By Rob van Alstyne
By Zach McCormick
By Emily Eveland
By Jack Spencer
By Michael Madden
By Reed Fischer
By Emily Weiss
By Emily Weiss
RECENTLY I'D PREDICTED the next big trend in local rock would be a post-Soul Asylum classic- rock/power-pop hybrid. It seemed like a good guess at the time, but in the past month I've come to a different conclusion about the future of local pop rock, and it owes a lot to London. Get ready for a wave of "chorus and delay" bands, i.e. post-Cure and Cocteau Twins composers and sound explorers dubbed for the dreamy, oceanic effects created by their electronic tone-control pedals.
Perhaps it's apt that the next musical generation may be defined more by the technology they employ than by narrow stylistic niches like "surf" or "blues." In fact, a flurry of local bands are putting a lot of art and soul into the new machinery, and making standard retro-pop look rather old school.
Ironically, many of the new art-rock bands are headquartered at Twin/Tone Records, for many years the fortress of no-frills post-punk rock. It's in that bustling old bank building on Nicollet that Chris Strouth, former music curator for the Red Eye Collaboration theater project, heads Ultra Modern Records, a Twin/Tone imprint devoted to neo-psychedelic and assorted adventurous pop (plus his more personal pleasures, such as drum gods Savage Aural Hotbed, and the inexplicable Vinnie and the Stardusters). The label debuted in March with a single by leading dream-pop newcomers February, while the latest batch includes the more obscure but intriguing band Purblind, and the critics' well-kept secret, Overblue.
Ultra Modern also lends promotional support to younger, like-minded bands such as Shapeshifter and Colfax Abbey who, along with February, have quietly risen to headliner status--especially on Sunday night all-age shows. This quiet eruption indicates that the "neo-psych" sound may be a profound generational shift, not just a trendy blip. "The under-21 crowd hasn't been exposed to years and years of flannel rock, and isn't biased against bands that might have a keyboardist," says Strouth dryly.
Lately, my most heavily played local-music recordings are two ethereal prog-pop demo tapes. One is by the aforementioned Overblue, whose keyboardist/"Eno figure" Bob Demaa is no longer a full-time member since being hired as an engineer at Pachyderm Studios in Cannon Falls. One song from the demo is the flipside of their groundbreaking Ultra Modern A-side, "Monoatomic," which magically mixes jangly hooks and the singer's brown-sugar melodies, before a mid-song dub-style breakdown that takes local atmospheric pop to new limits of studio sophistication.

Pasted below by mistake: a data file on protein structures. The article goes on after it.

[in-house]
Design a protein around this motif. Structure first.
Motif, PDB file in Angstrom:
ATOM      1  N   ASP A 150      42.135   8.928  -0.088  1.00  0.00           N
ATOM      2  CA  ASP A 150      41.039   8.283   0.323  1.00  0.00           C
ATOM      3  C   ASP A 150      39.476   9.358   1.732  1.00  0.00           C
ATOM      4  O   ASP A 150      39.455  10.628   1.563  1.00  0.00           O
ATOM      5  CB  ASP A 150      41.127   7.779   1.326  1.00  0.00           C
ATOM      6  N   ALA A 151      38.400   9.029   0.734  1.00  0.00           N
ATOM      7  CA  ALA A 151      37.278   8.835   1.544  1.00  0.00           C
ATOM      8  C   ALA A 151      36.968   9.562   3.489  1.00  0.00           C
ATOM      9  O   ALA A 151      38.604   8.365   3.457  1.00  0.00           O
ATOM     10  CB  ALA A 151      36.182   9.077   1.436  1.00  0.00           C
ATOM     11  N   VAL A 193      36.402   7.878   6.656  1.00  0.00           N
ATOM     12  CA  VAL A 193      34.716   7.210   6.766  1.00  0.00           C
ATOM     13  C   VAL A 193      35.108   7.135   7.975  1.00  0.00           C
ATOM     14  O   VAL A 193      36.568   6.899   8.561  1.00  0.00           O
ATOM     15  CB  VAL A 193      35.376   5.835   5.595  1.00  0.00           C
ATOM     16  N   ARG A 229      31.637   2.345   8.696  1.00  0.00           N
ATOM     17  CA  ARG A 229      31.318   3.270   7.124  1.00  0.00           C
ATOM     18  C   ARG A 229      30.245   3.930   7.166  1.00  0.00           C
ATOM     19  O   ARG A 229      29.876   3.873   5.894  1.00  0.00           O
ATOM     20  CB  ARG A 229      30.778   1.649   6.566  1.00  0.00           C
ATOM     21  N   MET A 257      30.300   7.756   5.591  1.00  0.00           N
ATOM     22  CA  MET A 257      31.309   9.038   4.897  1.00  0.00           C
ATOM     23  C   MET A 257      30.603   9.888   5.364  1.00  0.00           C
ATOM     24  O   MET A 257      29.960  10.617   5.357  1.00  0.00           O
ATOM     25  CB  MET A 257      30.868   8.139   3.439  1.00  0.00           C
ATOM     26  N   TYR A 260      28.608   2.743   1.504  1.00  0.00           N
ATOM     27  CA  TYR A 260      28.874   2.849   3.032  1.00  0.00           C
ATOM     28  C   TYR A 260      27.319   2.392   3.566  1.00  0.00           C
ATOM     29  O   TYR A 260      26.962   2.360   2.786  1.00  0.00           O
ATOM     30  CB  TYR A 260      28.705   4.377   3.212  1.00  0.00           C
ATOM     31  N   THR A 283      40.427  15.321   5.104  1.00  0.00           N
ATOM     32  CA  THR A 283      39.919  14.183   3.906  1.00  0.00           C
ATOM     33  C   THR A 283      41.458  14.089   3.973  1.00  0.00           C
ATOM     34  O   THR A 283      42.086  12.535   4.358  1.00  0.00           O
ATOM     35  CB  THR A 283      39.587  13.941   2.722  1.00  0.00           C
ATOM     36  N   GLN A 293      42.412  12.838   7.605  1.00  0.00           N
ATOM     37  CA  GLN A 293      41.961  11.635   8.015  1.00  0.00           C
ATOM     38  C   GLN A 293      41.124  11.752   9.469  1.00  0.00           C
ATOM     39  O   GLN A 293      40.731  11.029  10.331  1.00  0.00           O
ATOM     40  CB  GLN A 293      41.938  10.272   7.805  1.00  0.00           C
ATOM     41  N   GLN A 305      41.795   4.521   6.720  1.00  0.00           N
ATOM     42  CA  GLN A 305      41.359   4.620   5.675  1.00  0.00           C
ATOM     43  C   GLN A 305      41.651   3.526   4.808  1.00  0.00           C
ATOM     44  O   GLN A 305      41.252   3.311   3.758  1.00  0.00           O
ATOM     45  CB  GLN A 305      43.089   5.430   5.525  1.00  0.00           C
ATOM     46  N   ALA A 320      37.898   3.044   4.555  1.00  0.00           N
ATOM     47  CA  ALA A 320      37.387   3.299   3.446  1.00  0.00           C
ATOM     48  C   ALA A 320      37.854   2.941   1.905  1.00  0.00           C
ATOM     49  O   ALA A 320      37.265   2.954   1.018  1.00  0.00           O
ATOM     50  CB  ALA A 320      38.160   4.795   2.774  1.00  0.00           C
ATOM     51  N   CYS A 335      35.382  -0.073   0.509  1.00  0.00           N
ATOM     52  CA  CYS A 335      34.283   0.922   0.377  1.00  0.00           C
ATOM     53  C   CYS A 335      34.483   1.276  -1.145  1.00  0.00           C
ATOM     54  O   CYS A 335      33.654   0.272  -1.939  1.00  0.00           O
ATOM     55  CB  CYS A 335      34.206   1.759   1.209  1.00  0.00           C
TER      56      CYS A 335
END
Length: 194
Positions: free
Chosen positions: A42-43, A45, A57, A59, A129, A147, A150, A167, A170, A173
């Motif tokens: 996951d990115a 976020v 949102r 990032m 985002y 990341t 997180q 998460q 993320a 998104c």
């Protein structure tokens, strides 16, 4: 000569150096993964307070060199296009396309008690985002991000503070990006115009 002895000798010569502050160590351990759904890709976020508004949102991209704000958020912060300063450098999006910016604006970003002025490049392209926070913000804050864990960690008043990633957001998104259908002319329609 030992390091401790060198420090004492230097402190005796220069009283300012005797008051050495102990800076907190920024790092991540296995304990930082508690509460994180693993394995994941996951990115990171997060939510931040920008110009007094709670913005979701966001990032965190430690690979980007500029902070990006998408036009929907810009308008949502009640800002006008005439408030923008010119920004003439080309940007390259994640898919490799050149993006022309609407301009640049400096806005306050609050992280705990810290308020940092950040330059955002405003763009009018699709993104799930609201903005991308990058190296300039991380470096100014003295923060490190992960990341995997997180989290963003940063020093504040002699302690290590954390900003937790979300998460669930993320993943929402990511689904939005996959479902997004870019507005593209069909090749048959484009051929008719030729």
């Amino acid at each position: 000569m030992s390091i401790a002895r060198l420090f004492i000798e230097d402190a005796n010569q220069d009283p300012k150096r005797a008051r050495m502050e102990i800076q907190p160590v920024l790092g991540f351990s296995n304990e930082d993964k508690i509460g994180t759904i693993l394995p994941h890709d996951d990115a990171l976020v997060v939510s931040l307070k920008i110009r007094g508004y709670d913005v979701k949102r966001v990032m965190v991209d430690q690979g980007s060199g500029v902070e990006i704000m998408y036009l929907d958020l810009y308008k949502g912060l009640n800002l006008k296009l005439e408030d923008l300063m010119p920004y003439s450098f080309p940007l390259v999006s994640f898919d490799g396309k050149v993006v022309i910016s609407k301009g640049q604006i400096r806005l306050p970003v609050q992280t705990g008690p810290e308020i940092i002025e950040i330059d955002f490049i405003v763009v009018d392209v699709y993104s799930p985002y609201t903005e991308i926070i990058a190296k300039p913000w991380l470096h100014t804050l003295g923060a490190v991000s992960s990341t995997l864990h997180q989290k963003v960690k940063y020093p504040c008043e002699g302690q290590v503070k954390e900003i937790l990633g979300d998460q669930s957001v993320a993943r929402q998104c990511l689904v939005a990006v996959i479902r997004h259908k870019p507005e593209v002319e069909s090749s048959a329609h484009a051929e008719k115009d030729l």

The other tape that's been demanding my round-the-clock attention is A Very Special Christmas, by virtual unknowns 12 Rods, co-led by brothers Ryan and Ev Olcott. The Olcotts--and drummer Chris McGuire--are recent transplants from Oxford, Ohio, where their father is a college jazz professor. McGuire drummed in his father's rock & roll cover band from his early teens; bassist Matt Foust is from Eau Claire, and also leads rock band Ether Bunny, with Ryan on drums. Ev chose this little funkytown to build his career mainly due to his admiration of The-Artist-Formerly-Known-As-Prince, landing a job at the short-lived Entercor Studios, and catching on with funk/ska/rap octet Lippa Boogie Garoovians on saxophone (his major instrument in college). Ryan escaped Cincy shortly after, and occasionally subbed for the Lippas on drums .
The similarities between the Lippas and 12 Rods pretty much end there, however. The latter made their local debut March 4 at the Purple Onion, and have since played mostly new-band weeknights and out-of-the-way bars. Thanks to a work connection with bassist Ward Harper of Tin Drum/Rhea Valentine, they've played a few choice shows at Red Sea, catching on mostly with other musicians. Members of February and Passage (a rebirth of local trance-pop pioneers Judgement of Paris) are not only confirmed fans, but fellow students of a new musical philosophy that espouses adventurousness more than musical formula.
"We're extremely conscious of the subconscious," says McGuire, the band's more outspoken member and media coordinator. "We try to understand what it is about a certain guitar chord or a bass note that just makes you go, 'wowww.' And we're careful about what part of a song should just lie there and digest, and what part should knock you back a bit. One time in Cincinnati, we ended with a really slow song. Afterwards there was a minute and a half of total silence in the club. It didn't break until I got up from the drums. The fact that you can physically do that to someone is what's so cool about music. It's like witchcraft."
Besides an advanced sense of tasteful tone (and Ev the recording expert doubling on keyboards and guitar), the 12 Rods's secret weapon is fascinating rhythm, and the sense to know that trance-inducing pop can groove with great force through a light touch. The rhythmic emphasis owes to the band's two drum prodigies: Ryan represented all Ohio high schools in the state honors band in 1992; the next year, McGuire won the award. Says McGuire: "I've tried to abandon the notion that the beat always has to be the snare, hi-hat, and kick drum. I think listeners know instinctively what good time is, so I want to play the rhythm in a more interesting way, and be an active part of the music that's going on around it."